* that's a big, fat "might"
Two desktop-printer engineers quit their jobs to search for the ultimate source of endless energy: nuclear fusion. Could this highly improbable enterprise actually succeed?
Some monkey business in a Duke University lab suggests we'll soon be able to move artificial limbs, control robotic soldiers, and communicate across thousands of miles--using nothing but our thoughts.
But will it find the warp zones?
You know, like a child with mechanical tentacles.
A new study looks at the power of practicing well beyond mastery.
To rescue the Earth, we need bold engineering ideas that go beyond simple recycling
Teens may be works in progress, but they help society evolve.
Take a look in a book.
Three myths your teachers told you about how your brain learns, debunked
Devices that harness brain or nerve impulses to help patients see, hear, move, and communicate are already available -- though for now they remain relatively primitive.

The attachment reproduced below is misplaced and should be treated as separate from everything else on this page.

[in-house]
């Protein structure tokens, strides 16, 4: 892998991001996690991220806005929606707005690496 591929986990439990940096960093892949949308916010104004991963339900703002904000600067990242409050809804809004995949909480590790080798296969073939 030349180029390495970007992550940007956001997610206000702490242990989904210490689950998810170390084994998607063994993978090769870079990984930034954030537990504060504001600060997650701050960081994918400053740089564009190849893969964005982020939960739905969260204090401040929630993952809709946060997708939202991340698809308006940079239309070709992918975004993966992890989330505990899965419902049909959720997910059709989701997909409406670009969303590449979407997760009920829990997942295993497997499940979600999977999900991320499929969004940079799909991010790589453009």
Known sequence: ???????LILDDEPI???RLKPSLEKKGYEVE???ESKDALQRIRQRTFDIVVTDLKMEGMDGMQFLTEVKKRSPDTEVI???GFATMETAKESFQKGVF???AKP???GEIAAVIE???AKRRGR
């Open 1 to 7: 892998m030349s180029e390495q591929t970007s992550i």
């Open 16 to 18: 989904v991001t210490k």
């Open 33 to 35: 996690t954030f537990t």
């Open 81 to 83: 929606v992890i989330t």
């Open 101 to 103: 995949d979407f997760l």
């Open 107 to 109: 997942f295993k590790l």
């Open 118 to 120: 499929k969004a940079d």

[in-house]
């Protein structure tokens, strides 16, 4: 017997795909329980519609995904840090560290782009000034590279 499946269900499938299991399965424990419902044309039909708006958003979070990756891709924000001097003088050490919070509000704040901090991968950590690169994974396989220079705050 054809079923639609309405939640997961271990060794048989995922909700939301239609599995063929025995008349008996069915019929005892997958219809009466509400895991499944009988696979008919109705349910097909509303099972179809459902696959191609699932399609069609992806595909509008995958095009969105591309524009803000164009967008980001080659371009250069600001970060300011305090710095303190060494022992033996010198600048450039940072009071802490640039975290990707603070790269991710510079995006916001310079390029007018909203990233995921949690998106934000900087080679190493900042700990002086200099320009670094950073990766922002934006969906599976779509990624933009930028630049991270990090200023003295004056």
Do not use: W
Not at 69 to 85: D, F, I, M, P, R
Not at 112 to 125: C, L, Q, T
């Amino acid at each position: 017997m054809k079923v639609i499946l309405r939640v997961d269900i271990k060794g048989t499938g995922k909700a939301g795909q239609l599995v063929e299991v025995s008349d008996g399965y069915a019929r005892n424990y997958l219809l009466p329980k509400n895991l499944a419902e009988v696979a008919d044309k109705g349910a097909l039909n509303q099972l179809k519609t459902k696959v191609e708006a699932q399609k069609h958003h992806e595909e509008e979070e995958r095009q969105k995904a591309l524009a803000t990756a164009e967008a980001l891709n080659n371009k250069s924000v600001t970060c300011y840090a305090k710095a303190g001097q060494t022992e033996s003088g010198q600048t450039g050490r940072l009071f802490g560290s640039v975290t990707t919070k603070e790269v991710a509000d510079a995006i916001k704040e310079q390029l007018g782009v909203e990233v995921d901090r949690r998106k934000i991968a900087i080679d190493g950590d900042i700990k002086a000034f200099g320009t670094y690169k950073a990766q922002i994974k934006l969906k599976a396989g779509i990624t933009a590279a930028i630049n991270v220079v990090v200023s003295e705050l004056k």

The world's most prestigious universities have begun posting entire curricula on the Web—for free. Is there such a thing as a free higher-education lunch? I enrolled to find out
Its creations earn patents, outperform humans, and will soon fly to space. All it needs now is a few worthy challenges
University of Vienna researchers analyze how and why a young elephant learned to imitate human speech.
Well, it's one way of getting better at math.
Physicist says we might be able to visit the past, but getting back to the future is another story
It's a fact of the archaeological record: Modern humans survived and Neanderthals did not. Why? And what does it teach us about our own survival?
We talked with judges from two of the world's most prestigious science fairs to get some tips on how to put together a great project and have an even better time.
The next treatment for trauma could be spotless minds.
The 2004 Popsci Design Competition